You don’t understand why Dad and I couldn’t work it out.  You don’t like splitting time between us.  Splitting homes.  Splitting lives.

         It’s okay to be upset.

         It’s okay to be sad.

         It’s okay to cry.

I wish I could tell you that things will get better.  That life will be easy.  But I can’t.  Because I don’t know.

I can’t promise that I’ll never disappoint you.  

     I will lose my temper and say the wrong things.  

     I’ll forget something that means a lot to you.  

     I’ll embarrass you.  Hurt your feelings.  Let you down.

     I can’t promise that I won’t make mistakes.

But, I can promise you that you were not mistakes.

I can promise you that our divorce was not your fault.

I can promise that you will always have a place to call home.  That I will listen.  Hold your hand.  Help you out.

I promise to accept you – regardless of what you do, how you look, or who you become.

I promise to never leave you.  Nor forsake you.

I promise to protect you and keep you safe.

I promise to love you.  


      No matter what.

A few weeks ago, I got a letter saying our divorce was final.  That same day, the first caterpillar started forming into a chrysalis.  If you didn’t know any better, you would have thought it was dying.  But, in fact, it was quite the opposite!  The stillness and covering just meant that it was changing.  

What was, was dying.  But what is, has been reborn.  It’s the same, but different.  It grew wings and can fly.

Kind of like us.  Our family is the same, but different.  We’re bigger now.  More colorful.  Transparent.    And when things on the ground get difficult, we can float above it.

Because like the butterfly, we grew wings.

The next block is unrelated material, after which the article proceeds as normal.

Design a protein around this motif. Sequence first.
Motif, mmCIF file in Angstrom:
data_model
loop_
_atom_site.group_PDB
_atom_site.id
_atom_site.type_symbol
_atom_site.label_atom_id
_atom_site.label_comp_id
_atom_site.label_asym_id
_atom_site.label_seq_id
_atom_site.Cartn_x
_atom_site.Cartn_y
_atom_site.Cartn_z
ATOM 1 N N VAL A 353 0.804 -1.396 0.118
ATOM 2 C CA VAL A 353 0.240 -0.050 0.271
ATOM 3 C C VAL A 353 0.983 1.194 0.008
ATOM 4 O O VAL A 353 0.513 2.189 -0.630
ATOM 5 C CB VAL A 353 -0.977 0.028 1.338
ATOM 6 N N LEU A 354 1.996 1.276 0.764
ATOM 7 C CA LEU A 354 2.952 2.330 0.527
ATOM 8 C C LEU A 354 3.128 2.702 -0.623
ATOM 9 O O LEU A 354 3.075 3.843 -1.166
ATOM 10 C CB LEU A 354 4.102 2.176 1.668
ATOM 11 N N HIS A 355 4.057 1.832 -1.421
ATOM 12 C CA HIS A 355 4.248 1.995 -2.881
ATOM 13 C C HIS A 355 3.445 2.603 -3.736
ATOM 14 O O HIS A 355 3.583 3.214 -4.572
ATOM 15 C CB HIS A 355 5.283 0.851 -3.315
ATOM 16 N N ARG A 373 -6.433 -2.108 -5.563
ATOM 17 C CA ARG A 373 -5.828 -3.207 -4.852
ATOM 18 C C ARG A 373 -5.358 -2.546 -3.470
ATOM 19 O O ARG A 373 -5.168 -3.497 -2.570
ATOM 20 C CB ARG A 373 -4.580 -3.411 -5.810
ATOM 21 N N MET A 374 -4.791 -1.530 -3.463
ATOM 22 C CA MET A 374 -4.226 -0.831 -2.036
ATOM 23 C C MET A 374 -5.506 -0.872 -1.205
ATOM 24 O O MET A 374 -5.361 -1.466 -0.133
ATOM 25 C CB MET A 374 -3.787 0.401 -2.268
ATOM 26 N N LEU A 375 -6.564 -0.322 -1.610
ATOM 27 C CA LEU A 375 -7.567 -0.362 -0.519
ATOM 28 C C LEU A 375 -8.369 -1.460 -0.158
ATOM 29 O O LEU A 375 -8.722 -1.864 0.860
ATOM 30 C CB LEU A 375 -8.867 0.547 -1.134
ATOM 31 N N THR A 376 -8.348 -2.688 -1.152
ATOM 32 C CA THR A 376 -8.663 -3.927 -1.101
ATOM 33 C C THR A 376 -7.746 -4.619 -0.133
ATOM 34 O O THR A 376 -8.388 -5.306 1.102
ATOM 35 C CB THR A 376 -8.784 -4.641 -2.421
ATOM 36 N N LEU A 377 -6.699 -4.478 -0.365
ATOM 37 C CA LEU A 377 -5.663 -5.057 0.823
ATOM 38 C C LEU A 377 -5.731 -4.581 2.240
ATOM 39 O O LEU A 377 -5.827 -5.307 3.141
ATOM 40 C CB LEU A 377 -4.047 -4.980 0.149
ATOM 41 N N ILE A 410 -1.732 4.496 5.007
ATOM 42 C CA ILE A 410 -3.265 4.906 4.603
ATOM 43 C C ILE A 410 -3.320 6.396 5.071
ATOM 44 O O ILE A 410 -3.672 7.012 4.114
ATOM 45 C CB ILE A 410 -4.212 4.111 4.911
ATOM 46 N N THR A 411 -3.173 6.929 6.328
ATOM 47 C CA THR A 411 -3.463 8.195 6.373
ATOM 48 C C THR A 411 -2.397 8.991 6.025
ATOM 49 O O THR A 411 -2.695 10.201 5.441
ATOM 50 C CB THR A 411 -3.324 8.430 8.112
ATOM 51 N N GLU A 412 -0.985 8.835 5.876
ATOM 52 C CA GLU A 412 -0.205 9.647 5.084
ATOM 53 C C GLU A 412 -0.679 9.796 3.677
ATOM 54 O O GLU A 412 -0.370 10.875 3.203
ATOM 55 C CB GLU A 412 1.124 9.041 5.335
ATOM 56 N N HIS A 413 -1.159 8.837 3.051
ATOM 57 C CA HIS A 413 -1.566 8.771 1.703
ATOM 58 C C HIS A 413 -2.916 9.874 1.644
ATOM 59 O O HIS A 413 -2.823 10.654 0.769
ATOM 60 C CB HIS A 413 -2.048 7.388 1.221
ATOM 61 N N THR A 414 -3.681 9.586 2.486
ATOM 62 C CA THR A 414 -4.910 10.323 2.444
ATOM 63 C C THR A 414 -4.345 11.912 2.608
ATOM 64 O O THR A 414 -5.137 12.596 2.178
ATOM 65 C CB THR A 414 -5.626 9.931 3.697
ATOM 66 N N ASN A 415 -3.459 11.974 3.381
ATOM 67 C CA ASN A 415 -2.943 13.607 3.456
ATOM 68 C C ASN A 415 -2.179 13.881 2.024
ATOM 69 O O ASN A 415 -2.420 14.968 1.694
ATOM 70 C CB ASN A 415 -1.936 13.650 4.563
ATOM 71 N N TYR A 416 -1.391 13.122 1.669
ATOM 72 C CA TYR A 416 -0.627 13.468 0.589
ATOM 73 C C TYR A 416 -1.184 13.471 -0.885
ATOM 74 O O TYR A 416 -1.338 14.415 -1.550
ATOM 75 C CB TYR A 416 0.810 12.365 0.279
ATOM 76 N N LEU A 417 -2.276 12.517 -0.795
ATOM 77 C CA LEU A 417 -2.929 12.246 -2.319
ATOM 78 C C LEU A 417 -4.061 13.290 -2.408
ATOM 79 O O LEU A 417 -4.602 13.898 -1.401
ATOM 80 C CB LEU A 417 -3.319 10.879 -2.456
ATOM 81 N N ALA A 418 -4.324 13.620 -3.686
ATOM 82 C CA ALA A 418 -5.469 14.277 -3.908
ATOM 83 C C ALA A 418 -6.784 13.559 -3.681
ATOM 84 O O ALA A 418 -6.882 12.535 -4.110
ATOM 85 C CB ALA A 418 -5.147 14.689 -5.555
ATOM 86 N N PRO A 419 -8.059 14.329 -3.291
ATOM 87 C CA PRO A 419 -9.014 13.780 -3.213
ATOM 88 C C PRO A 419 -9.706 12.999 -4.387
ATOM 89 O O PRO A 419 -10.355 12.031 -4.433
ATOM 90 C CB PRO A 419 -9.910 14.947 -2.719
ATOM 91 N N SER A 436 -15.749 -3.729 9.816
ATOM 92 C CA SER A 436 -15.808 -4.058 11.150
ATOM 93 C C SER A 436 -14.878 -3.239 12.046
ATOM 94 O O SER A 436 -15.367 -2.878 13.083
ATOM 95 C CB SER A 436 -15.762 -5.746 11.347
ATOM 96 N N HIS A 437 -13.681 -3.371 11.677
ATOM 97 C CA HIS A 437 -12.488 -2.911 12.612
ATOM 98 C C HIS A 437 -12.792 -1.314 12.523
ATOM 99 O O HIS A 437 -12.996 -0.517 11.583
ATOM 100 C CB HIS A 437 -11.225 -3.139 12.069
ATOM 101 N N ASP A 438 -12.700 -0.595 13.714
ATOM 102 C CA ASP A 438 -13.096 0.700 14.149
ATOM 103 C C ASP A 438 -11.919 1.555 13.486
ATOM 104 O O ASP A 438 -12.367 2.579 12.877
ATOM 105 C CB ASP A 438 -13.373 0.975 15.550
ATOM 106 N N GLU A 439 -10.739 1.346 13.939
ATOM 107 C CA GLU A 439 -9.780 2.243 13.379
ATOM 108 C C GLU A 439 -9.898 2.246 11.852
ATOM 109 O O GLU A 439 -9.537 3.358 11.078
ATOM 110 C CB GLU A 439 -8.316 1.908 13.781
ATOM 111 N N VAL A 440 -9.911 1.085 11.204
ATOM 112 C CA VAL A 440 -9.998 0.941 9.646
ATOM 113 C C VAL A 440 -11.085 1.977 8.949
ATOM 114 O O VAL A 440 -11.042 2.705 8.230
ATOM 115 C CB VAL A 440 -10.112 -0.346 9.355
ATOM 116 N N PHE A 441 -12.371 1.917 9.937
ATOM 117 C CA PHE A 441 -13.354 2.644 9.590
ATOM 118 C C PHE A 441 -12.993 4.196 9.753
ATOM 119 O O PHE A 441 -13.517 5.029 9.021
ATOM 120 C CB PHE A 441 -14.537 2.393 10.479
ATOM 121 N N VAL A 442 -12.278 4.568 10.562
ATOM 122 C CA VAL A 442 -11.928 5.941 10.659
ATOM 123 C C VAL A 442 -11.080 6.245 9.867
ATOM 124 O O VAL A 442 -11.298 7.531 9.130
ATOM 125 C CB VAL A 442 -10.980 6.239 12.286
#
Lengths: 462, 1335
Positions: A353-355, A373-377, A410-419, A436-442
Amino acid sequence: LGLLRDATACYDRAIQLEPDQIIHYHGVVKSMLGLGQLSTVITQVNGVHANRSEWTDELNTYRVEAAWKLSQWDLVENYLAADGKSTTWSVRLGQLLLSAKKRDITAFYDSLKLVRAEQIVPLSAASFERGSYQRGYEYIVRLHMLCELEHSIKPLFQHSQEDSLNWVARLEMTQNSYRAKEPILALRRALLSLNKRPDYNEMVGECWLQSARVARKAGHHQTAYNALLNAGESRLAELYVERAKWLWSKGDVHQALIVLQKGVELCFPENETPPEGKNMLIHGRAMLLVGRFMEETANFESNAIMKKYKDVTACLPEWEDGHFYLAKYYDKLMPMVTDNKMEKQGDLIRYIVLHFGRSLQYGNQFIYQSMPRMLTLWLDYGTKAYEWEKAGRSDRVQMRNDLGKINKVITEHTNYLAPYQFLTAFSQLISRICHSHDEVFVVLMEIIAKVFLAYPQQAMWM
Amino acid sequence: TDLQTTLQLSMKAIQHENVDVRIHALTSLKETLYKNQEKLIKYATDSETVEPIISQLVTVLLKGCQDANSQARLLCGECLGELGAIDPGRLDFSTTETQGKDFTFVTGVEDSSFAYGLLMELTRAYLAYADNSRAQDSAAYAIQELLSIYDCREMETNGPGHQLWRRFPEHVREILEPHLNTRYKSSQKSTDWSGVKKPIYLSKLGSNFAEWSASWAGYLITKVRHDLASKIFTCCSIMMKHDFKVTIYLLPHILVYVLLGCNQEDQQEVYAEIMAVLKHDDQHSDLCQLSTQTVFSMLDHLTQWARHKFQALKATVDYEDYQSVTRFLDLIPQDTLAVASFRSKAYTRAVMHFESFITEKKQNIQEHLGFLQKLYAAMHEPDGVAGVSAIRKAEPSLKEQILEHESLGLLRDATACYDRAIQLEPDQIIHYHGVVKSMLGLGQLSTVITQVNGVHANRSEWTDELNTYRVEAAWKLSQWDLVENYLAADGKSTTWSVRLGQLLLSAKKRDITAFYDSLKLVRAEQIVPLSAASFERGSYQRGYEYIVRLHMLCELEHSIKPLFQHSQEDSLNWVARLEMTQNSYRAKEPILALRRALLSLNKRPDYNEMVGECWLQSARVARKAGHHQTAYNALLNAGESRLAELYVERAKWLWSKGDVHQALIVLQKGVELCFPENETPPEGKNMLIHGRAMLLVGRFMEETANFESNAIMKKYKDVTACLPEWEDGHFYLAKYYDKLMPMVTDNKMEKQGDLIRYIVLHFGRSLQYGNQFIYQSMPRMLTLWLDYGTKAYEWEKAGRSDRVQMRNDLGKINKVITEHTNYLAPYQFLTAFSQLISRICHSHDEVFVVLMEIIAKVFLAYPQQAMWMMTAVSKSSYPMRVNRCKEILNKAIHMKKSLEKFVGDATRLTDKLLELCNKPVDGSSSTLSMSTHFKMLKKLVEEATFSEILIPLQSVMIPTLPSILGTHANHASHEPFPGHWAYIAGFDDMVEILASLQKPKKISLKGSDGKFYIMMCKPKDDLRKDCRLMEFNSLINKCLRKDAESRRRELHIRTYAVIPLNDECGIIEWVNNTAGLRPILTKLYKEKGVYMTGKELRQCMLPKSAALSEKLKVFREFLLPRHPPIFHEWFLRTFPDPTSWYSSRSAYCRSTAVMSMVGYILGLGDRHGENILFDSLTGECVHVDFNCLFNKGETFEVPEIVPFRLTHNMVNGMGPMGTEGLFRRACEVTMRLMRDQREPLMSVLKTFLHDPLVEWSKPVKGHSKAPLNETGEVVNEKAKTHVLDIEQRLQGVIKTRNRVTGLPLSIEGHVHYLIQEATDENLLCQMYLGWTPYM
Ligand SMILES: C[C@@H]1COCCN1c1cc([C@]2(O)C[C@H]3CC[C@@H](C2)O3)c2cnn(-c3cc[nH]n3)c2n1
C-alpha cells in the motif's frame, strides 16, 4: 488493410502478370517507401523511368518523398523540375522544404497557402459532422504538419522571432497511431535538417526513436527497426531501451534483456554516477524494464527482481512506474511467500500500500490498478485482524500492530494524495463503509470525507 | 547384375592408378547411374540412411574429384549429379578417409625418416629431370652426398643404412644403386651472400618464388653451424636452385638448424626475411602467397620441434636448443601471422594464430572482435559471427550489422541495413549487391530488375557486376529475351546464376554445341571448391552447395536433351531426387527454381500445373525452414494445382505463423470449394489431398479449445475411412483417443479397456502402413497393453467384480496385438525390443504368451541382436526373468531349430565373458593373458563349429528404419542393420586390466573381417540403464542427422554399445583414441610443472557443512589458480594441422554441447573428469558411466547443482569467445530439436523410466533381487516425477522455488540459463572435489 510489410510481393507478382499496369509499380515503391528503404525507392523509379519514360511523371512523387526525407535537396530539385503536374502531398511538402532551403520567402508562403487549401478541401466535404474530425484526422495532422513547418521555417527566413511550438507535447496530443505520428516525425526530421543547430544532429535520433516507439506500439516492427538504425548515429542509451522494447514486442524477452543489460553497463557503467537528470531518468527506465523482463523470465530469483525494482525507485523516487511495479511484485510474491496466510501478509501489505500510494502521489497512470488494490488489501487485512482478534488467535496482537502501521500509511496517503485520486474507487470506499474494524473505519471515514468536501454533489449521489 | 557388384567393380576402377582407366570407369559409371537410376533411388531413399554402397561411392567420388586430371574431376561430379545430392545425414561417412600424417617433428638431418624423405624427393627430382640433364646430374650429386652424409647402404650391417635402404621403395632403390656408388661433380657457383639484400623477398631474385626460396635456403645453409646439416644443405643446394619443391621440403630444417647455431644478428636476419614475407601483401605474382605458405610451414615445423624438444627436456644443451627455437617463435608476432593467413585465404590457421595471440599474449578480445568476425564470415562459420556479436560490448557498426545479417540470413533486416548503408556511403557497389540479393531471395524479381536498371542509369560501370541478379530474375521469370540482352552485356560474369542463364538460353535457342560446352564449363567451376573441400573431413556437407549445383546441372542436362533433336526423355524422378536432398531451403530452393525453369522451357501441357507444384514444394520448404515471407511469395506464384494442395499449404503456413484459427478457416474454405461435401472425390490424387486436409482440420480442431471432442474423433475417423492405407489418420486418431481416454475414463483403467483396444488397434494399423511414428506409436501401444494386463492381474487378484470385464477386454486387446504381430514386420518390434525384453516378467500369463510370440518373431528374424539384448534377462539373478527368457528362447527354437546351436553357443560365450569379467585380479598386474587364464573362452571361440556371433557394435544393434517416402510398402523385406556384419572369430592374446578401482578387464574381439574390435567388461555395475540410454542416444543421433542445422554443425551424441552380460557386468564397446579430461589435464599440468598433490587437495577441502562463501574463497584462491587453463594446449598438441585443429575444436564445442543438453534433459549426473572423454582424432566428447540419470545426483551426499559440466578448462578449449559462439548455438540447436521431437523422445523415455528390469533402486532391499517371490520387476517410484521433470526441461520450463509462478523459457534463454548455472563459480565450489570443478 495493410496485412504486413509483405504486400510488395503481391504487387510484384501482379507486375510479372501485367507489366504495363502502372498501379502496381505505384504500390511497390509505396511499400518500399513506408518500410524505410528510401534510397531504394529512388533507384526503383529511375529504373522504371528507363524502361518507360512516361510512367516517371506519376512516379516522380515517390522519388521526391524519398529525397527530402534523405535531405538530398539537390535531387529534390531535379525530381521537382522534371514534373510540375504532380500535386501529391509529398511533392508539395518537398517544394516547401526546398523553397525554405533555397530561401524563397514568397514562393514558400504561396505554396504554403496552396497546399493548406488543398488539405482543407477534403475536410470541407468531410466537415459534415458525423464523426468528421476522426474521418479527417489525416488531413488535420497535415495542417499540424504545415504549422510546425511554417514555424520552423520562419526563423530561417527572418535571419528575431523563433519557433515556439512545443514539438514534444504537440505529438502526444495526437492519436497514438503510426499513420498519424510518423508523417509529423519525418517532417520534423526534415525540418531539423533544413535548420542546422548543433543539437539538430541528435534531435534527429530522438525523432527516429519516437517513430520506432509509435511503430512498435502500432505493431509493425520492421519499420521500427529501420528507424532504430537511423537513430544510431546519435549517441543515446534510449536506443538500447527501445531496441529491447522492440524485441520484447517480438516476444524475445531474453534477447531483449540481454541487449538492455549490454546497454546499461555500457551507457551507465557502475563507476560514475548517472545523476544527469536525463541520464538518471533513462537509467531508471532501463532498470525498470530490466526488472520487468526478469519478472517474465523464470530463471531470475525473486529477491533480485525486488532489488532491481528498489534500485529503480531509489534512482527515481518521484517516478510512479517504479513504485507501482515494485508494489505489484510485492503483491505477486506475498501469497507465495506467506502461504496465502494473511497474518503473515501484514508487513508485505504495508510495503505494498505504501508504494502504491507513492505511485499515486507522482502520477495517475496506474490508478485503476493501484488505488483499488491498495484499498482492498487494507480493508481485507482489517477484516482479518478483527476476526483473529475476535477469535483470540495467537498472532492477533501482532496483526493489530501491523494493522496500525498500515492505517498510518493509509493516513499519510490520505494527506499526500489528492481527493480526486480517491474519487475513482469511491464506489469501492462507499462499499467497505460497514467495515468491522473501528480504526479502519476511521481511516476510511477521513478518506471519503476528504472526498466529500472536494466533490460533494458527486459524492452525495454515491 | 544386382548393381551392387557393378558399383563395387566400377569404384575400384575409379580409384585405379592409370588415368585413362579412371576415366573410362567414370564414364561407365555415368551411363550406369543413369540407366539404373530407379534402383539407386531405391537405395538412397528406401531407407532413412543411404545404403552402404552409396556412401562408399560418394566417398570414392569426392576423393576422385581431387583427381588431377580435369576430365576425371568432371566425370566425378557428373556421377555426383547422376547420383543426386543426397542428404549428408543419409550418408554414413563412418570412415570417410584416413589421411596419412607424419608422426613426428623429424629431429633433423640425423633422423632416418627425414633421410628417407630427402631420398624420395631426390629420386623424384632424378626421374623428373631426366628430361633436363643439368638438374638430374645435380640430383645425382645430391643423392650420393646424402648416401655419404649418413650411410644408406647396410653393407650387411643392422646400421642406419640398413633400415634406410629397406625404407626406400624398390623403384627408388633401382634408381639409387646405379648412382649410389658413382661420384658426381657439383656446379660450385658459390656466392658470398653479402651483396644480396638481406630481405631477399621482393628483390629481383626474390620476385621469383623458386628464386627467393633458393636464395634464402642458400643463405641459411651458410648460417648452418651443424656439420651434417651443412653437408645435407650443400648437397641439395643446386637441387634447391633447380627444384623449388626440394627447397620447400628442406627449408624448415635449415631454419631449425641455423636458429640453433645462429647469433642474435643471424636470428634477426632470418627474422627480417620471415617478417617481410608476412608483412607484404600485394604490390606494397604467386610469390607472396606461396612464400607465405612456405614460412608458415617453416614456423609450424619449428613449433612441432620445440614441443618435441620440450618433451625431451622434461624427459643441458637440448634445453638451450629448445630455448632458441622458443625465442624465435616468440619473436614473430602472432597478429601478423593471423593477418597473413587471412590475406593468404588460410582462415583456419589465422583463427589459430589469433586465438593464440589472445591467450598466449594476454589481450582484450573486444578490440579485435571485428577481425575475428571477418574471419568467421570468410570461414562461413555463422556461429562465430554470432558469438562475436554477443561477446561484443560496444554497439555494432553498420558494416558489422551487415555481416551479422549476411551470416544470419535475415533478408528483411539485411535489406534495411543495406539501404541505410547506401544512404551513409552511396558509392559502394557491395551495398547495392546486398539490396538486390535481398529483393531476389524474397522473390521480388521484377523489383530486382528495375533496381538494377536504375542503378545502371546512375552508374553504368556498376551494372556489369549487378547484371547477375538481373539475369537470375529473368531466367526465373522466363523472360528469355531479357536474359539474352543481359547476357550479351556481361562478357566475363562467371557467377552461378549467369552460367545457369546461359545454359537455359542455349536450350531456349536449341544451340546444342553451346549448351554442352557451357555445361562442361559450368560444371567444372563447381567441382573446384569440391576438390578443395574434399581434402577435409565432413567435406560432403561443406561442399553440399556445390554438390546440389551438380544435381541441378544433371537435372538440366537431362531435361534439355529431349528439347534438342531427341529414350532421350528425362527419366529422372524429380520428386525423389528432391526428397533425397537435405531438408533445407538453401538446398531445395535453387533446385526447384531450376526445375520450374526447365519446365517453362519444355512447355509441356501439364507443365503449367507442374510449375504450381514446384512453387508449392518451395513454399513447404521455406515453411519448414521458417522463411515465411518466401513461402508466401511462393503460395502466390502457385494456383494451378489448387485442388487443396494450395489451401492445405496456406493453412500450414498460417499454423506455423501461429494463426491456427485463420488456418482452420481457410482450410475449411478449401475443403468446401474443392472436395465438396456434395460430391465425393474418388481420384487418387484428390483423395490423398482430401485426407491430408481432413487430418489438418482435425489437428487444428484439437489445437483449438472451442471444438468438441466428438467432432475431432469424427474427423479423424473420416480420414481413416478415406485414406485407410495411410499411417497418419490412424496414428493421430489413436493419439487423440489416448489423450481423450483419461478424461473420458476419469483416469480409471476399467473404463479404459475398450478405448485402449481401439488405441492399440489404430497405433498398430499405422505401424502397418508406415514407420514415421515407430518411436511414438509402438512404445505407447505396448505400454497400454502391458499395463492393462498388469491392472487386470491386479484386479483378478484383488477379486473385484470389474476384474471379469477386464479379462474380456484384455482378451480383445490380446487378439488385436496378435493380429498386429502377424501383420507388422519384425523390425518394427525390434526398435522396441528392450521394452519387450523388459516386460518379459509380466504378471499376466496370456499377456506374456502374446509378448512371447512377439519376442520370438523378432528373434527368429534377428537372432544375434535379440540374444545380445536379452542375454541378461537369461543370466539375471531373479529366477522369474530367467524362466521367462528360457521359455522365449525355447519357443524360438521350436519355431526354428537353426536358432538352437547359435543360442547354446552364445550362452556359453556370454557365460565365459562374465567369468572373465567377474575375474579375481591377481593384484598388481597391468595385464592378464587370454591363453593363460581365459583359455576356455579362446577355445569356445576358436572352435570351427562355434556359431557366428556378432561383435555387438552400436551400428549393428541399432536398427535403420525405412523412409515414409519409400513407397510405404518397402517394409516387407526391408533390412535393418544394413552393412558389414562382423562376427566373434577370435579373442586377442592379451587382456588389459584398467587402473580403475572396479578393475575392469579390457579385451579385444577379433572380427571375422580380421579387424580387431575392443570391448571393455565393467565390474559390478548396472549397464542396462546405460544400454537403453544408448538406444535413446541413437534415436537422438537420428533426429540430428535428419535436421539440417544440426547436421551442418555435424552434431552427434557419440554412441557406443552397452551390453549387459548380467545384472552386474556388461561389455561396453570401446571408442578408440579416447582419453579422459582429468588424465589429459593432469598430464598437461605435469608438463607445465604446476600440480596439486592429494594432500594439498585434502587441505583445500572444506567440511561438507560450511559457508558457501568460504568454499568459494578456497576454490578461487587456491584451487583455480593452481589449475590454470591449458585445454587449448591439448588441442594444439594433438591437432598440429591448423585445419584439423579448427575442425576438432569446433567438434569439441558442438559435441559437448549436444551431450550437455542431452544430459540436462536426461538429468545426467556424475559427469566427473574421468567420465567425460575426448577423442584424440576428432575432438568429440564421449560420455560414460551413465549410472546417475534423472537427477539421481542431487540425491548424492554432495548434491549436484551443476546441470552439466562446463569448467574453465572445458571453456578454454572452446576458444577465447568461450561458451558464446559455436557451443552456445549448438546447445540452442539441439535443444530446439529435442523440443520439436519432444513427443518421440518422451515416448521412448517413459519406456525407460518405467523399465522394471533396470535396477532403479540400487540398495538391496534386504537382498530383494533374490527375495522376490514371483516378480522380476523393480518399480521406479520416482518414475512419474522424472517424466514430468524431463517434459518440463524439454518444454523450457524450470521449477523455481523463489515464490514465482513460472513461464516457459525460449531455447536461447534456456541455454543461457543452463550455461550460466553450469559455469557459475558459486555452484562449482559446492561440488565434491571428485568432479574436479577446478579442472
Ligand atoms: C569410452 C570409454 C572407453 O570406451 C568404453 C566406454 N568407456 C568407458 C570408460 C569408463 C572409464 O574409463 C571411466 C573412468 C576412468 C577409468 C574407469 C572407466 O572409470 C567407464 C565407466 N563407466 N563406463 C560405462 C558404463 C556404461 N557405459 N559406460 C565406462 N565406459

And with love propelling us…





It was sacred and beautiful.  Forever, I’ll hold it in my mind.  Together, on top of the hill. Together, closing that chapter.




The Deal

There’s a danger in love.  There’s a danger in losing yourself to love – whether it’s the love of a parent, a child, a friend, or a friend-friend.  It’s a set up, of course.  Because while saying you want them, need them, in your life – you’re also admitting to the very real chance that they won’t stay in your life.  In committing, you’re gambling.

Is the happiness now, worth the pain of losing them later?

I was talking to a friend who said the whole “better to have loved and lost, than never loved at all” is crap.  Total crap.  Because, you see, she had experienced love with a man.  And it was everything it should be.  They were soulmates and business partners.  Best friends and each others’ better-halves.  And now they’re not.  And she didn’t choose this life all alone.  She lamented that she wishes she had stayed single – because then she wouldn’t have known the difference.  There is no loss without something to lose.

Yet, isn’t life lived in the depths?  In the extremes? It would be one thing to play it safe.  To stay in the shallows.  But think of all you would missing.

There’s a poem by David Whyte called “The Well of Grief.”  It starts like this:

Those who will not slip beneath
the still surface on the well of grief,

turning down through its black water